When Phil and Alex retreated to their room, not long thereafter Nick and Luanne showed up, and we chatted with them some more. It was really feeling like we were really getting to know them given the amount of each other we were seeing and interacting.
We also chatted with a guy working on developing the agriculture in Tanna Island as well as other provinces of Vanuatu. He was part of an effort to bring up Vanuatu’s farming practices for world export though I sensed something was a bit off about that approach as subsistence farming (i.e. farming within the island’s means) was the current way of doing things, which had gone on for centuries. However, it didn’t really fit (or seemed primitive to) the plunderous world economic view that he was trying to get them to go with. If this succeeds, I get the feeling the islands of Vanuatu would be even more stripped of their natural resources than before.
Meanwhile, we were sharing a spaghetti bolognese as well as a small fruit “salad”, which was more like cut up fruits in a juice-filled bowl.
It was a relaxing way to whittle away another hour or so before we would finally head out for Mt Yasur at 3pm (originally 2:30pm). We had to drop off a trio of folks at the airport, but then we took off in earnest.
While we were quite familiar with the bumpy roads, at 3:30pm, we’d eventually get to a spot where we stopped the vehicle along with the rest of our group in front of us. And we were walked towards a small gathering where a childrens choir from one of the local villages was serenading us. It was beautiful, and it also brought smiles to all six of us. We also took plenty of photos when the singing ended.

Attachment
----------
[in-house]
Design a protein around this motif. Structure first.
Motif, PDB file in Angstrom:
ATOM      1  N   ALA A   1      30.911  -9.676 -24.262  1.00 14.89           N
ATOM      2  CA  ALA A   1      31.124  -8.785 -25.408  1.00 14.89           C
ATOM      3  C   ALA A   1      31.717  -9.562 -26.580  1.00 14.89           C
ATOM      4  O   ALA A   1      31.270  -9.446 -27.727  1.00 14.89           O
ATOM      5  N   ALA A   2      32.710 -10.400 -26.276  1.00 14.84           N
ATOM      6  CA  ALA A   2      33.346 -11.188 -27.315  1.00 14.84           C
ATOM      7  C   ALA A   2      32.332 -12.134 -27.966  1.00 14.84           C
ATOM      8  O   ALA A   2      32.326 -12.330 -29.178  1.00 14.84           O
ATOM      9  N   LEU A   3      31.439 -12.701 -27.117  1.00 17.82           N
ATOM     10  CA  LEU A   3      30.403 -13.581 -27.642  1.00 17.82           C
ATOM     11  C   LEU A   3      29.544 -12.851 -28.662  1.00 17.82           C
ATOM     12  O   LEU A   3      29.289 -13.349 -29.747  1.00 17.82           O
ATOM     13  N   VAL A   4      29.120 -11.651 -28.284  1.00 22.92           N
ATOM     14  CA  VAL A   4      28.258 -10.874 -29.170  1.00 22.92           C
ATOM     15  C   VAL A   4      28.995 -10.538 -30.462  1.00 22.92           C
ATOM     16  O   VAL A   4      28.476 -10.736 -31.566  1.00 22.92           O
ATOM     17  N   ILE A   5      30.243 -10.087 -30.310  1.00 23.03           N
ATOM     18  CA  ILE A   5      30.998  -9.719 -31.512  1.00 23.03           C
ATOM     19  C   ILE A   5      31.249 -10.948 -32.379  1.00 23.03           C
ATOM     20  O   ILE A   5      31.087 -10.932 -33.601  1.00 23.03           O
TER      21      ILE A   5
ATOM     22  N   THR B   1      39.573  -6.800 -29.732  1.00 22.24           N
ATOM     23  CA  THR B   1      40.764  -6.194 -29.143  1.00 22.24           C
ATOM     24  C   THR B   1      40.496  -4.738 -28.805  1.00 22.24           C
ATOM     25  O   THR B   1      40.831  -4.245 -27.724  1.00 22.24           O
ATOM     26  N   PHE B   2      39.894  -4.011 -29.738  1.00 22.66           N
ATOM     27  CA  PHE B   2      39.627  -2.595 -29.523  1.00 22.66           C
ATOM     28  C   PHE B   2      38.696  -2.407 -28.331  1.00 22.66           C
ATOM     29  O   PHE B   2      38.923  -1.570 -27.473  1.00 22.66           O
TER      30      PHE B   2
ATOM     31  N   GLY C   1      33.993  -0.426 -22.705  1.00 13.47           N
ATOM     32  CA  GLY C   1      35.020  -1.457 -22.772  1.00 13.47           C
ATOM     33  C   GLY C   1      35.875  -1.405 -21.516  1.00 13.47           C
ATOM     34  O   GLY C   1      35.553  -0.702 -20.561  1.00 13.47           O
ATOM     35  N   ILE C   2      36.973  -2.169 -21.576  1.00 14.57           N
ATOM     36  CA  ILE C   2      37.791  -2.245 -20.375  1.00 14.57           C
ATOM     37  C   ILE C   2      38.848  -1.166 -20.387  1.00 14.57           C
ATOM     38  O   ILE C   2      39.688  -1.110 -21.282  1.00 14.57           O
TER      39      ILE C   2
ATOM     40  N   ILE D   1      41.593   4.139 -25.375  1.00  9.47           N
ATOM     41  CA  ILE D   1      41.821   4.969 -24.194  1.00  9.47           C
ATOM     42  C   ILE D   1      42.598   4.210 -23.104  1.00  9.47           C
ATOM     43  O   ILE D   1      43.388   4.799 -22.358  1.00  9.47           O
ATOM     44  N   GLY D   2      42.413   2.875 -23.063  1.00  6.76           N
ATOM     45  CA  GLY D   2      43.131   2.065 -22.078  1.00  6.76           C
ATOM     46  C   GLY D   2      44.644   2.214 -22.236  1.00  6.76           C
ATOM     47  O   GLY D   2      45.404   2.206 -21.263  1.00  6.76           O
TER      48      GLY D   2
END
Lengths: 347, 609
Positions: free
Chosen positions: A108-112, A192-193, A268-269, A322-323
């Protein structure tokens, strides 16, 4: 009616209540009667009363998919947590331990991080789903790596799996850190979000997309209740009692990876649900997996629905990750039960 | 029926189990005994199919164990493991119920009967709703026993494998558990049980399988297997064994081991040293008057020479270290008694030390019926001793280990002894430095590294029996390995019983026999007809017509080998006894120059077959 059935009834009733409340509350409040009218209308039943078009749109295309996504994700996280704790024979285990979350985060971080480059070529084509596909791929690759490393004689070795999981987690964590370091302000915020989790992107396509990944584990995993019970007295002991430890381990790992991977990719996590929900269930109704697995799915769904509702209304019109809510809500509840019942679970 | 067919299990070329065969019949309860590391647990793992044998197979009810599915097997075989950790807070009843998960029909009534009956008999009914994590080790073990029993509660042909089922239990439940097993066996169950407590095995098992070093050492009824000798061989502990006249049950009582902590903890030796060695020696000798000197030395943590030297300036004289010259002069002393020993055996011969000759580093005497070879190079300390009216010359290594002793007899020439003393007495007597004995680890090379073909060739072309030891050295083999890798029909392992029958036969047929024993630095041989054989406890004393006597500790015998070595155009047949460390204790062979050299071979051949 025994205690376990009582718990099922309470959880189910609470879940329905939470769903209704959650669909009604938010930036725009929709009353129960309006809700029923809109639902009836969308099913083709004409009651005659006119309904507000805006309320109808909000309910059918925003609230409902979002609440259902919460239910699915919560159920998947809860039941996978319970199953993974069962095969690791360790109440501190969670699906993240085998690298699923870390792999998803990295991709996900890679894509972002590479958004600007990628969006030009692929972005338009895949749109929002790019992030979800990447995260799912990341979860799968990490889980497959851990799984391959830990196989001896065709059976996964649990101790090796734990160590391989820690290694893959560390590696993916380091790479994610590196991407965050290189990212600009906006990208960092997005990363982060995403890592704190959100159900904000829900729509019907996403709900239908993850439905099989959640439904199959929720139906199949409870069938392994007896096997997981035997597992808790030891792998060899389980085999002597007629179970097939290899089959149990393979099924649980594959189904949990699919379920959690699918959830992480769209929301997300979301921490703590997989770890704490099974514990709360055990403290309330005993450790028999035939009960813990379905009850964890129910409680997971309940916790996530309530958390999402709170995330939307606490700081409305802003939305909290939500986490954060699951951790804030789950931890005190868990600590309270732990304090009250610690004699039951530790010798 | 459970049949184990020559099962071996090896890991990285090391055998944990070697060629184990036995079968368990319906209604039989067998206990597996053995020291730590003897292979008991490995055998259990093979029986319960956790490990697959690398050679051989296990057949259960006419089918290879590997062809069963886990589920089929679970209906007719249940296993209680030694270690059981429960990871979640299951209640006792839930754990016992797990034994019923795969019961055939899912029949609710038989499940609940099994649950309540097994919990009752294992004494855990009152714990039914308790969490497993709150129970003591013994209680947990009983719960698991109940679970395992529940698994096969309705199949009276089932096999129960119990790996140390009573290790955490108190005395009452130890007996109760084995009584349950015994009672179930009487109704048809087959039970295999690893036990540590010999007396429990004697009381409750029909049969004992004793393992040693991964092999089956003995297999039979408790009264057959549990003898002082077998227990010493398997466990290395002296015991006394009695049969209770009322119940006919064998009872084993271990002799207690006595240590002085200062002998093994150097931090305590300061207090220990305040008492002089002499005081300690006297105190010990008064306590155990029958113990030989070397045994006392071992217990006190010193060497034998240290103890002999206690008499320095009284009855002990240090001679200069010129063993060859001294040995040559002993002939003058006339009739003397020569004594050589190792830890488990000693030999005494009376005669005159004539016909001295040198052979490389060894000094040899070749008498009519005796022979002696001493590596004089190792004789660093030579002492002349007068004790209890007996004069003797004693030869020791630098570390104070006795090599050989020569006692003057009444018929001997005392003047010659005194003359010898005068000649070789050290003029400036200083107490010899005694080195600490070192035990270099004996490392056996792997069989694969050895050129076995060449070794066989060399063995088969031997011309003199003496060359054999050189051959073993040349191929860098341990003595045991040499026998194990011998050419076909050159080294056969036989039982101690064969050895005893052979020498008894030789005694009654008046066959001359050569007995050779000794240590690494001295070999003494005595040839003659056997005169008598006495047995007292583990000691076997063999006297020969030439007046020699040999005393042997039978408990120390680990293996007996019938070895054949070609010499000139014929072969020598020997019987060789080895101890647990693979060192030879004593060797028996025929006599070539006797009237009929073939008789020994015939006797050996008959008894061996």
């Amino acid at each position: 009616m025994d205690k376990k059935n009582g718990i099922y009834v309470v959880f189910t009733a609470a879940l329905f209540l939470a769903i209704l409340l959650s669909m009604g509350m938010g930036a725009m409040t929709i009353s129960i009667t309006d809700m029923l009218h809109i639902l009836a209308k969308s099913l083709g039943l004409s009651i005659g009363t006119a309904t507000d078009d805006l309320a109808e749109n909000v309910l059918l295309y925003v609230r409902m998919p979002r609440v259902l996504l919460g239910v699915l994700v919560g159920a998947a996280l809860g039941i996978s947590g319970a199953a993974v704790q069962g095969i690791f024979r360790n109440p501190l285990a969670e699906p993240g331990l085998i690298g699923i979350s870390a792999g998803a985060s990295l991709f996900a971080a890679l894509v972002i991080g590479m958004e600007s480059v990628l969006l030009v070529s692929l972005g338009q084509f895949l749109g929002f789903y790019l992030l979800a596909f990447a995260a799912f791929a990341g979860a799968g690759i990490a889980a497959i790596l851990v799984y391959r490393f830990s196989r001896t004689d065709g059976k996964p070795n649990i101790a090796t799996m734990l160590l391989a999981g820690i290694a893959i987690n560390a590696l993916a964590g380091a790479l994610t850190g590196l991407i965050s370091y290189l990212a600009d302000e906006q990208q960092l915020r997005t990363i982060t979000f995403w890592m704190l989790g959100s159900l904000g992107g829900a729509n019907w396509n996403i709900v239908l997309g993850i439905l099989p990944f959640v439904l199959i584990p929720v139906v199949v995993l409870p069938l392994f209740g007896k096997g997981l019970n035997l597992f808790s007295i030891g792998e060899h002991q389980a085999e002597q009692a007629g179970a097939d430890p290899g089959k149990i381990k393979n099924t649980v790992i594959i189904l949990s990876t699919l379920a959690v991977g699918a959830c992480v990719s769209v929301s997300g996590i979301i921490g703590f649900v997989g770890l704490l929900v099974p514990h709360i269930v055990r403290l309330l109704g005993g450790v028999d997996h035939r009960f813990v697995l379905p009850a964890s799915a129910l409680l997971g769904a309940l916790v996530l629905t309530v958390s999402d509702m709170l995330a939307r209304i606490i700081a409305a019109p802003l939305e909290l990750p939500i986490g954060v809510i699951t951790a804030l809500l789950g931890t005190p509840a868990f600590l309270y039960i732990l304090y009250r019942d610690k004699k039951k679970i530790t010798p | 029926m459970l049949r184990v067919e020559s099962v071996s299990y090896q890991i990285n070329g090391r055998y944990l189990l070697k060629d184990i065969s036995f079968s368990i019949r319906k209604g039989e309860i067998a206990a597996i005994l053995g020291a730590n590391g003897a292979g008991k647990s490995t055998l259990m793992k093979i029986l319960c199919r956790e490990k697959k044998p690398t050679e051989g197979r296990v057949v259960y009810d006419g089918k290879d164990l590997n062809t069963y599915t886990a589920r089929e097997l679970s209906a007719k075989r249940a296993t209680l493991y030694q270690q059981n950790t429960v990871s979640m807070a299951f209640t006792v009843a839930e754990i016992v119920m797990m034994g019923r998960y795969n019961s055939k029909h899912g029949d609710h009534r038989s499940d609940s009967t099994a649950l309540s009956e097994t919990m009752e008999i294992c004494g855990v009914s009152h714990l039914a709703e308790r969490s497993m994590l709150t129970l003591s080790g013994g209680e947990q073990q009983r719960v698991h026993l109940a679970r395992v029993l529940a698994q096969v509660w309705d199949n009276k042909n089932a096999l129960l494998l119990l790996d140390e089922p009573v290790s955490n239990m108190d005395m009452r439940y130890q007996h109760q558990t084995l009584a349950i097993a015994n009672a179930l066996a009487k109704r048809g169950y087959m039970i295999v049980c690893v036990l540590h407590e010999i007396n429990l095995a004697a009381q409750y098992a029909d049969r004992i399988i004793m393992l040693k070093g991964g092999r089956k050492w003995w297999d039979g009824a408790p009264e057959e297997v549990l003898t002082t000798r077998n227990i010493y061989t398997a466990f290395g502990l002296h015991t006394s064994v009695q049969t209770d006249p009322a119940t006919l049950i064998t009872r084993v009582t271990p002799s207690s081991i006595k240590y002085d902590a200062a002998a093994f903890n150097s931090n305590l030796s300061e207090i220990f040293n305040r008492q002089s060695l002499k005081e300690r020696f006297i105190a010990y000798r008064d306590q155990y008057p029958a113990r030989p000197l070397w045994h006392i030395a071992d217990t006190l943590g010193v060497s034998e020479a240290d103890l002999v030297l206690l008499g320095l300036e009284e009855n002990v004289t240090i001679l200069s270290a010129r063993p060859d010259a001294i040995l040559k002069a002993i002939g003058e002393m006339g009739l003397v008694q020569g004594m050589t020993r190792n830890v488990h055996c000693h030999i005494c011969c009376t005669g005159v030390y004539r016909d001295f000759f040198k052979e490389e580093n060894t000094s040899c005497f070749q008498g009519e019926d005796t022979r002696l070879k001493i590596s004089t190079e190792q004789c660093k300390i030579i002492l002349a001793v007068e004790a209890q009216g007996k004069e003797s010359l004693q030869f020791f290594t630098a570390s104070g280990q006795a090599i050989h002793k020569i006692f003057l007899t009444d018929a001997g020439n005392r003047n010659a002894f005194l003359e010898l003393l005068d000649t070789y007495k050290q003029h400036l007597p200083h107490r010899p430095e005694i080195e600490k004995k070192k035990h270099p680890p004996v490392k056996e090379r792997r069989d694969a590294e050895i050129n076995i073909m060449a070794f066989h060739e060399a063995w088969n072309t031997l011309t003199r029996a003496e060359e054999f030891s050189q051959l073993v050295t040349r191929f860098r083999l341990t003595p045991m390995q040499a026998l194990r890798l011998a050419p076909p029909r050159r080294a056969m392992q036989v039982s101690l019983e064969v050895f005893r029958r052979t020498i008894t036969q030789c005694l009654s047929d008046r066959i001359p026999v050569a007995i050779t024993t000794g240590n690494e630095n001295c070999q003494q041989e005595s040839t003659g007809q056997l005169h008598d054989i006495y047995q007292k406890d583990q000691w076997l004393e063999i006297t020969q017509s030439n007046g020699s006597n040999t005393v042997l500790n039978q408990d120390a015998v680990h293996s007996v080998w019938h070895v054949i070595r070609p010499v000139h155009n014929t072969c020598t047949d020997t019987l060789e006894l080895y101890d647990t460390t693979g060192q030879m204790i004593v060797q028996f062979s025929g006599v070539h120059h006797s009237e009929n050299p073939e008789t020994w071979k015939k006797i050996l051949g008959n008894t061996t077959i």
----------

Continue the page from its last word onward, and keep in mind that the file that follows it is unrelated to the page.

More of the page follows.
Something that Julie and I noticed was that the cicadas were ringing and chirping louder as the volume of the singing increased. When the songs ended, the cicadas were doing their thing much quieter than before. Were they trying to sing along with the choir?
Next, we resumed the bumpy drive, which one again drove past some remote villages while we were waving at people when we’d pass through. In one steep section of switchbacking road, we made a brief stop to take photos of Mt Yasur in the distance. However, since there were quite a few clouds, the colors of the mountain didn’t really show up. That said, we did see some ash clouds rising from the vent in the distance.
It wouldn’t be until about 4:30pm when we then arrived at the desolate ash plain surrounding the Mt Yasur Volcano. This large black sand plain with some reddish lava remnants sprinkled throughout was otherworldly. We also noticed quite a few other 4wd vehicles passing by and continuing on while Julie and I were taking photos where the driver stopped and let us experience this spot for a bit.
Unfortunately, I noticed that my DSLR camera was starting to act up a bit as it couldn’t read my battery or it take some of the photos in error.
That problem would rear its ugly head again when we drove right in front of some impressive treetop bungalows, which looked like they could house guests wanting to say they actually stayed atop a tree. At that point, I even had trouble turning off the camera or getting it to a state where I could take pictures again. I had thought that Murphy’s Law would strike again, and screw me out of capturing Mt Yasur due to a dead camera, but a few minutes later, the camera would eventually right itself for some unknown reason…